The Jumpstart Our Business Startups Act (JOBS Act) of 2012 created the promise of widespread crowdfunding of new business ventures.  While non-equity crowdfunding options like Kickstarter and Indiegogo had been around for years, companies could not entice investors with a share of their businesses without completing extensive disclosures, limiting their offers to accredited investors, or capping the size of their fundraising rounds to fit within various exemptions from registration as required by the Securities Act of 1933.  Now, however, businesses would be able to raise capital from a large number of investors beyond the traditional “Reg D” investors and without many of the onerous disclosures that are otherwise required of companies issuing securities, all because of these new equity crowdfunding rules. Read More

OCIE Publishes Examination Priorities for 2017

Emily HayesBest Practices, Market Rules & Responsibilities


Earlier this year, the SEC’s Office of Compliance Inspections and Examinations (OCIE) released its Examination Priorities for 2017.  OCIE annually examines regulated entities[1] to ensure compliance, prevent fraud, identify risk, and inform policy.  These priorities reflect the practices, products, and services that, per OCIE, present the greatest risks to investors and U.S. capital markets.  Regulated entities may use the priorities to prepare for their own OCIE examinations and update their internal compliance and supervisory rules and procedures; however, the priorities do not constitute legal advice. Read More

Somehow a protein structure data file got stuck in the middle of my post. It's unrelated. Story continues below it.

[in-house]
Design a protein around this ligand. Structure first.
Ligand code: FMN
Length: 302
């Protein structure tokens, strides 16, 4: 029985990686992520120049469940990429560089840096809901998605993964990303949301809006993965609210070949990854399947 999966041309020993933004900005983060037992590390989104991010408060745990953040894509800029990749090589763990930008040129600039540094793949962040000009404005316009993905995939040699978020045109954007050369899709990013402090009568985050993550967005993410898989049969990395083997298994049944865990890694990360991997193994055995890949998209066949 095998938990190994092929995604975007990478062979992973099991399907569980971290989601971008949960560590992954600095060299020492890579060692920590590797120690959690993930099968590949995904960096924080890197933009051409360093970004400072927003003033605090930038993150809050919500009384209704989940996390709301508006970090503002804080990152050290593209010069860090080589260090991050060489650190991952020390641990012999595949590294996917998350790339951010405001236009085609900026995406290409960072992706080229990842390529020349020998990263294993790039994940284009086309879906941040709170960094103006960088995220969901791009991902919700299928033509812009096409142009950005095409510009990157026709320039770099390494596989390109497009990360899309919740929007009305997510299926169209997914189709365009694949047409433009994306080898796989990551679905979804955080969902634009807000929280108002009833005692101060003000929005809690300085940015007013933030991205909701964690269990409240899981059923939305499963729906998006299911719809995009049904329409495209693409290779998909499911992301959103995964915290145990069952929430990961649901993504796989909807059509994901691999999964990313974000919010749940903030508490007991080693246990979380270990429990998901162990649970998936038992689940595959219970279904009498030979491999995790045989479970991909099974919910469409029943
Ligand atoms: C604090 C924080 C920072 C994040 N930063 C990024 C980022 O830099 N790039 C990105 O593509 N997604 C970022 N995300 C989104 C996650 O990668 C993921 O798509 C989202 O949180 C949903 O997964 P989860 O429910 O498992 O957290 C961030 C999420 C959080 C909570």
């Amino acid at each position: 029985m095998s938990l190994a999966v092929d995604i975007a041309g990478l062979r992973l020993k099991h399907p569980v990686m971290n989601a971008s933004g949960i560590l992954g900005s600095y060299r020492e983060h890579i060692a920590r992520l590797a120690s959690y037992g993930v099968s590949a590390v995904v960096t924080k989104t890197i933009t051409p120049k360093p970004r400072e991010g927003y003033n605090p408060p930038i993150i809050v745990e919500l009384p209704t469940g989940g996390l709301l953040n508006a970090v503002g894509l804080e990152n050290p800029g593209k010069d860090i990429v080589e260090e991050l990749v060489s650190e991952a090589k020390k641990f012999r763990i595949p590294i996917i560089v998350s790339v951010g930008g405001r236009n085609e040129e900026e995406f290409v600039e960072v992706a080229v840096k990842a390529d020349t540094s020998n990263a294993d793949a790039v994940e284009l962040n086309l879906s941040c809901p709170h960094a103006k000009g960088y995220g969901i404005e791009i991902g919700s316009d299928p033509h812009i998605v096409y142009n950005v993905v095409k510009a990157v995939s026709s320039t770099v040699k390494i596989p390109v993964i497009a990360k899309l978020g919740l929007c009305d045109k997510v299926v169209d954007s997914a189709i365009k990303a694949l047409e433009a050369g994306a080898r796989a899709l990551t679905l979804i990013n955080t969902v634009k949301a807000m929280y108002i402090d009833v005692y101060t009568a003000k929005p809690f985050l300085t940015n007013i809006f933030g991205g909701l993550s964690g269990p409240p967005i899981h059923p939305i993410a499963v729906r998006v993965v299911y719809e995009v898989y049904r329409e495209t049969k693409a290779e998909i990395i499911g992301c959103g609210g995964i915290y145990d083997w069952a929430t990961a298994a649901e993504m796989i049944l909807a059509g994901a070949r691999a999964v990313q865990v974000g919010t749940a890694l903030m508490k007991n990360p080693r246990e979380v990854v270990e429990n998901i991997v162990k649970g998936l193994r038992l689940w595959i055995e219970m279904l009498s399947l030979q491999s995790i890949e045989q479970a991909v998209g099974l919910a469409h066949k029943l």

CFTC Extends Deadline to Comply with March 1st Variation Margin Requirements

Emily HayesBest Practices, Market Rules & Responsibilities


On February 13, 2017 the Commodity Futures Trading Commission delivered an early Valentine’s Day present to swap dealers and major swap participants by extending the deadline to comply with the variation margin requirements for un-cleared swaps stipulated by Commission Regulation § 23.153 from March 1, 2017 to September 1, 2017.[1]  The CFTC’s No-Action Letter announcing this extension, CFTC Letter No. 17-11, applies only to swap dealers and major swap participants without a prudential regulator.[2]Read More

FINRA’s 2017 Regulatory and Examination Priorities

Emily HayesBest Practices, Market Rules & Responsibilities


Earlier this year, FINRA published its Annual Regulatory and Examination Priorities Letter to provide the industry with insights into the areas FINRA plans to review in its 2017 exams and to assist financial firms with reviewing and strengthening their own supervisory and compliance systems.  The letter states five priority areas the authority will focus on in its 2017 exams with a common theme of the industry’s need to focus on what FINRA President Robert Cook terms “core ‘blocking and tackling’ issues of compliance, supervision and risk management.”Read More

Amendments to CME/CBOT/NYMEX/COMEX/CME SEF Rule 432 (General Offenses) Chapter 4, Enforcement of Rules

Emmett McGrathMarket Rules & Responsibilities


Amendments to CME Rule 432 (General offenses) went into effect February 16, 2017. These amendments expand upon the protective measures previously found in CME Rule 432. The amended rule now extends liability for fraud and bad faith (432.B.1); manipulative devices, schemes, and artifices to defraud (432.H.); and delivery of false, misleading or inaccurate crop or market information (432.J.) to include mere attempts to engage in such activities.Read More

Citi Agrees to Adopt Compliance Program and Pay CFTC $25 Million for Alleged Spoofing

Emily HayesCase Studies, Market Rules & Responsibilities


Citigroup Global Markets Inc. (Citi) settled with the Commodity Futures Trading Commission (CFTC) on January 19, 2017 over the CFTC’s allegations that five traders at Citi “spoofed” the U.S. Treasury futures markets and that Citi failed to supervise the trading activity of its employees.  Pursuant to the Order, Citi must pay a fine of $25,000,000 and must maintain systems and controls that, at a minimum, detect and generate reports on trading activity that may be spoofing. Read More